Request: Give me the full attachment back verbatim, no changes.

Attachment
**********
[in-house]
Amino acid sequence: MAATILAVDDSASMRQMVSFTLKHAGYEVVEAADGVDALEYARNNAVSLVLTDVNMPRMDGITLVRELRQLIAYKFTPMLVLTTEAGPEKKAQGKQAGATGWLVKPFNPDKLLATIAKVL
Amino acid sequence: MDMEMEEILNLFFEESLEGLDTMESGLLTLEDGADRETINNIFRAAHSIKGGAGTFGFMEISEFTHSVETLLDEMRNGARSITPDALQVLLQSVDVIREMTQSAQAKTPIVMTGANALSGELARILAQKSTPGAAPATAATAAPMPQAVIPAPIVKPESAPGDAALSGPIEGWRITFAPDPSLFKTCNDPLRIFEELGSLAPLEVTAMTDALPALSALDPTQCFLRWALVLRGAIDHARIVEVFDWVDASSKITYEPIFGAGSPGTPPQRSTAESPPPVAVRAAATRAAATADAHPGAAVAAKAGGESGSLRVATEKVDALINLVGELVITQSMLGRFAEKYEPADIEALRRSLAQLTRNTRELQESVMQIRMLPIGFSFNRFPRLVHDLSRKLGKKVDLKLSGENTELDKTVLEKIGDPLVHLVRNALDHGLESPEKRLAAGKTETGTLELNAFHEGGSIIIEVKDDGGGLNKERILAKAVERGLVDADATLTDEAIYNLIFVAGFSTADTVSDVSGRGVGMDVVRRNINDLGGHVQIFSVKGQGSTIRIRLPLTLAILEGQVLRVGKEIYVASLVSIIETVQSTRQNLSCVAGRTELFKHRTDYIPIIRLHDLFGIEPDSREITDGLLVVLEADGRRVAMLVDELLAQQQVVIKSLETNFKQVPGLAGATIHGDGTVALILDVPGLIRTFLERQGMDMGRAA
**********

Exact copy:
[in-house]
Amino acid sequence: MAATILAVDDSASMRQMVSFTLKHAGYEVVEAADGVDALEYARNNAVSLVLTDVNMPRMDGITLVRELRQLIAYKFTPMLVLTTEAGPEKKAQGKQAGATGWLVKPFNPDKLLATIAKVL
Amino acid sequence: MDMEMEEILNLFFEESLEGLDTMESGLLTLEDGADRETINNIFRAAHSIKGGAGTFGFMEISEFTHSVETLLDEMRNGARSITPDALQVLLQSVDVIREMTQSAQAKTPIVMTGANALSGELARILAQKSTPGAAPATAATAAPMPQAVIPAPIVKPESAPGDAALSGPIEGWRITFAPDPSLFKTCNDPLRIFEELGSLAPLEVTAMTDALPALSALDPTQCFLRWALVLRGAIDHARIVEVFDWVDASSKITYEPIFGAGSPGTPPQRSTAESPPPVAVRAAATRAAATADAHPGAAVAAKAGGESGSLRVATEKVDALINLVGELVITQSMLGRFAEKYEPADIEALRRSLAQLTRNTRELQESVMQIRMLPIGFSFNRFPRLVHDLSRKLGKKVDLKLSGENTELDKTVLEKIGDPLVHLVRNALDHGLESPEKRLAAGKTETGTLELNAFHEGGSIIIEVKDDGGGLNKERILAKAVERGLVDADATLTDEAIYNLIFVAGFSTADTVSDVSGRGVGMDVVRRNINDLGGHVQIFSVKGQGSTIRIRLPLTLAILEGQVLRVGKEIYVASLVSIIETVQSTRQNLSCVAGRTELFKHRTDYIPIIRLHDLFGIEPDSREITDGLLVVLEADGRRVAMLVDELLAQQQVVIKSLETNFKQVPGLAGATIHGDGTVALILDVPGLIRTFLERQGMDMGRAA